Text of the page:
A Good Gift Made Better
It is not often that you have the opportunity to materially increase your children’s or grandchildren’s upside wealth without incurring any further risk. A simple tweak to a common existing strategy can make them over half a million dollars better off; all with relatively minimal effort. For those parents or grandparents who purchased juvenile life insurance policies on loved ones when were juveniles, there is a simple opportunity to consider that may be of value.
When the policy was applied for, the insurance company did not yet know who the gift recipient’s friends would be, what type of smoking or drinking behavior they may encourage, what types of sports they played, and what injuries or infections those lead to.
A basic tenet of risk underwriting assumes reality is slightly worse than average; thus every juvenile life insurance policy assumes the second lowest health class rating and most insurance companies are happy to leave the insured at that low rating.
However, upon the policy owner’s request, the insured usually has the right to enter underwriting to change the health class rating. This request can only result in a more favorable rating and cannot demote the policy’s current status.
While the moving parts that enable this are very complicated and you should probably seek the guidance of someone well versed in the matter, the effects are easy to understand: you pay the exact same (or possibly lower) premium but have a much higher death benefit and cash value1. This happens because the better the health class rating, the less the mortality cost and the greater the asset growth. A juvenile policy has a special Commissioners Standard Ordinary Mortality Table (CSO) filing that makes a health class change even more beneficial than an adult policy.
One of the primary mutual life insurance carriers illustrates a hypothetical life scenario of a child that had $500K of a death benefit in a whole life policy purchased on them at the age of six.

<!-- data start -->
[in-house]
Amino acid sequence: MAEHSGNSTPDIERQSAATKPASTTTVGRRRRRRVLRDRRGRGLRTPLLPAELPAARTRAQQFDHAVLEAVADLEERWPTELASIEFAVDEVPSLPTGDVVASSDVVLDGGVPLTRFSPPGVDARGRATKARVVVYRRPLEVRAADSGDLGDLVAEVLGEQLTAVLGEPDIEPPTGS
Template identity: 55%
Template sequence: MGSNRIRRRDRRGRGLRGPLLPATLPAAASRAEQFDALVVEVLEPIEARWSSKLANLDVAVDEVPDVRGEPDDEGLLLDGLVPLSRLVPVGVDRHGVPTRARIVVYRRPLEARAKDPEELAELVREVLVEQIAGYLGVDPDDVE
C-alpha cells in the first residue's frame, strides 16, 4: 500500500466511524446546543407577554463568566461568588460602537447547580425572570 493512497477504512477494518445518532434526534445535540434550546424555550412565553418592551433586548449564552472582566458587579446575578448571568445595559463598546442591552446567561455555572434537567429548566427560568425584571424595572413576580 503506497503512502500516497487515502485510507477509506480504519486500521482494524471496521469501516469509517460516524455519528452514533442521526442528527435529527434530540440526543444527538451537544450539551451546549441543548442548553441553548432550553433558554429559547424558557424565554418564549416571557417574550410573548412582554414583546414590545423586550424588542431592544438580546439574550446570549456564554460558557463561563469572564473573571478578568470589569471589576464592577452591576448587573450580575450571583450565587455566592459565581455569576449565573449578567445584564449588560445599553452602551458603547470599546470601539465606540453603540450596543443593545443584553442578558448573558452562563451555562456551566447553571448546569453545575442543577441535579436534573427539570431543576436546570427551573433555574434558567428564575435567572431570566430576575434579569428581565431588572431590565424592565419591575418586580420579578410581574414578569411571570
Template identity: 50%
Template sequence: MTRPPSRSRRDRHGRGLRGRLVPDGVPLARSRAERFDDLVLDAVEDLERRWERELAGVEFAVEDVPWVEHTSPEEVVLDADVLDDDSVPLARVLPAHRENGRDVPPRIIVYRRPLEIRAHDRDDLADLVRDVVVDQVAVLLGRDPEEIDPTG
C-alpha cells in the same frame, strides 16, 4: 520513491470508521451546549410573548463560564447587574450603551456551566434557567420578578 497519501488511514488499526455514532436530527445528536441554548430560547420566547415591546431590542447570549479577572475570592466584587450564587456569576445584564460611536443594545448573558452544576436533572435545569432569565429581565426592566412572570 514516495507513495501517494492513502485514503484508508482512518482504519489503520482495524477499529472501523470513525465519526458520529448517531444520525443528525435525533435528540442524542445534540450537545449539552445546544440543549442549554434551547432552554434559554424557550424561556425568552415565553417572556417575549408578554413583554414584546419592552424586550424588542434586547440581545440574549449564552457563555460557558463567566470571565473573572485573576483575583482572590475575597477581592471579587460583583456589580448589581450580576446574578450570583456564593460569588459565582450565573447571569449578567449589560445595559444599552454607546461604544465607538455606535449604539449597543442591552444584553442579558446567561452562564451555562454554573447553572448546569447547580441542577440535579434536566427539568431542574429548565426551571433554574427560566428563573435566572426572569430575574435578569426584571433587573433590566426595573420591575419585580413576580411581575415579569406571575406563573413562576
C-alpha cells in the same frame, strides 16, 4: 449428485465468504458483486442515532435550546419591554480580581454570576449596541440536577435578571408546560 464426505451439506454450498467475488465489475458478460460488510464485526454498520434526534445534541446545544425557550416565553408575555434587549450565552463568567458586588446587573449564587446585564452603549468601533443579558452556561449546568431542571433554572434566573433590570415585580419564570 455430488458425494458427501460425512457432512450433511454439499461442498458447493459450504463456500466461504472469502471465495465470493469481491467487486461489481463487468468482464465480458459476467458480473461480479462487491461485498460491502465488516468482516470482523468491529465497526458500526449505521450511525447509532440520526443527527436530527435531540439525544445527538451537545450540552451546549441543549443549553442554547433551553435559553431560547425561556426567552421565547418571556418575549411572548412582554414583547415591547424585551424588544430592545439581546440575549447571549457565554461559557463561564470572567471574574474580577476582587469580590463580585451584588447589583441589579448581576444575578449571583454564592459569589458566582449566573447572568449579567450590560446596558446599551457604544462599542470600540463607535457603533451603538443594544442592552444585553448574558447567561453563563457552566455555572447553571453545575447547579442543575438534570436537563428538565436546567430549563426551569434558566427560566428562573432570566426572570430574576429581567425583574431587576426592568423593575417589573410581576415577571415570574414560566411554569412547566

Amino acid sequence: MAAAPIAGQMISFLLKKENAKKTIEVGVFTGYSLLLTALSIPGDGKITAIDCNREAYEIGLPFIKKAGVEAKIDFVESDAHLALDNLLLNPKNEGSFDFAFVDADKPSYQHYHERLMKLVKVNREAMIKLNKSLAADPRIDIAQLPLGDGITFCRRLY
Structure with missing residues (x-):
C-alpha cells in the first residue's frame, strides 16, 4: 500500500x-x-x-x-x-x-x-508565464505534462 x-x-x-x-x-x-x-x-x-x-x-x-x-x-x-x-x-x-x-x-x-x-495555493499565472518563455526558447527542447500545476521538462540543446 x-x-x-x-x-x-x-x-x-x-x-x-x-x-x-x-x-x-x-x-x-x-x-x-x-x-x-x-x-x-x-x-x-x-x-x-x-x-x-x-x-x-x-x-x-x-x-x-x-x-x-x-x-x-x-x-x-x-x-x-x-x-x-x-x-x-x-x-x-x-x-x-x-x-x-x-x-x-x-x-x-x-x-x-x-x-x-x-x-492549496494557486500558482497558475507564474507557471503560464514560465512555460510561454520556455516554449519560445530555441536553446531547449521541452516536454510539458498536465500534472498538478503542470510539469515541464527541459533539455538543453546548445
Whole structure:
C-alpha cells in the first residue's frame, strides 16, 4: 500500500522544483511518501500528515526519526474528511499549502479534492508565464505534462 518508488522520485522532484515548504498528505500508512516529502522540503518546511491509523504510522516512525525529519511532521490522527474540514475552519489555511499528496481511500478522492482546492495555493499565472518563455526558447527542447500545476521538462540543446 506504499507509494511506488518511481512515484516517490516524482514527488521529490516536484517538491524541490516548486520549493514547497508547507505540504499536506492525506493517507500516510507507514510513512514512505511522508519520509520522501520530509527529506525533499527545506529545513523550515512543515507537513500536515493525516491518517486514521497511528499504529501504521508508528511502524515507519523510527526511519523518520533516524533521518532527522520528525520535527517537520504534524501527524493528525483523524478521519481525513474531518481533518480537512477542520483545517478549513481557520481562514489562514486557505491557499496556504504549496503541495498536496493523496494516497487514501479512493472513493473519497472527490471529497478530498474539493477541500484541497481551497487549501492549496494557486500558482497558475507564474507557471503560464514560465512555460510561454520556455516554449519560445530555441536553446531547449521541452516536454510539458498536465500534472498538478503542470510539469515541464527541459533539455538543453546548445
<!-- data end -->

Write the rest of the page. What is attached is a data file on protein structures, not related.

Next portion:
Everything between the two policies is equal until the insured turns 26. At this point, the health class rating change is requested (assuming that rating is changed from the de facto non-smoker class to preferred plus) and the effect of the cash value and death benefit over the next few years is illustrated in the following chart:
|Δ Cash Value||Δ Death Benefit|
|10 Years||$ 2,341||$ 10,196|
|15 Years||$ 7,319||$ 23,219|
|Age 60||$ 30,750||$ 64,070|
|Age 65||$ 49,867||$ 91,220|
|Age 99||$ 591,525||$ 591,525|
It is important to realize that the only difference that enables this drastic improvement in asset value is the simple request to have underwriting reconsider and upgrade the health rating on the policy. There are some caveats, as not all policies from all insurance carriers enable this, but with a little aid, there are still solutions to be had.
Since we know insurance is all about time and money, the sooner we can make this change the better. Some companies allow you to reconsider underwriting as early as age 18; thus the gifting parent or grandparent can leverage a higher percentage of the premium toward the tax preferred asset growth over the cost of insurance. If you do not have such an asset for your child, consider this a wake-up call.
About the Author – Nick Domino
Financial Advisor, Associated Benefit Consulthttps://www.linkedin.com/in/nickdominonts, Rye Brook, NY
Nicholas is part of a three generational family practice that has been ensuring individuals’ and closely held businesses’ financial security and prosperity for over 75 years.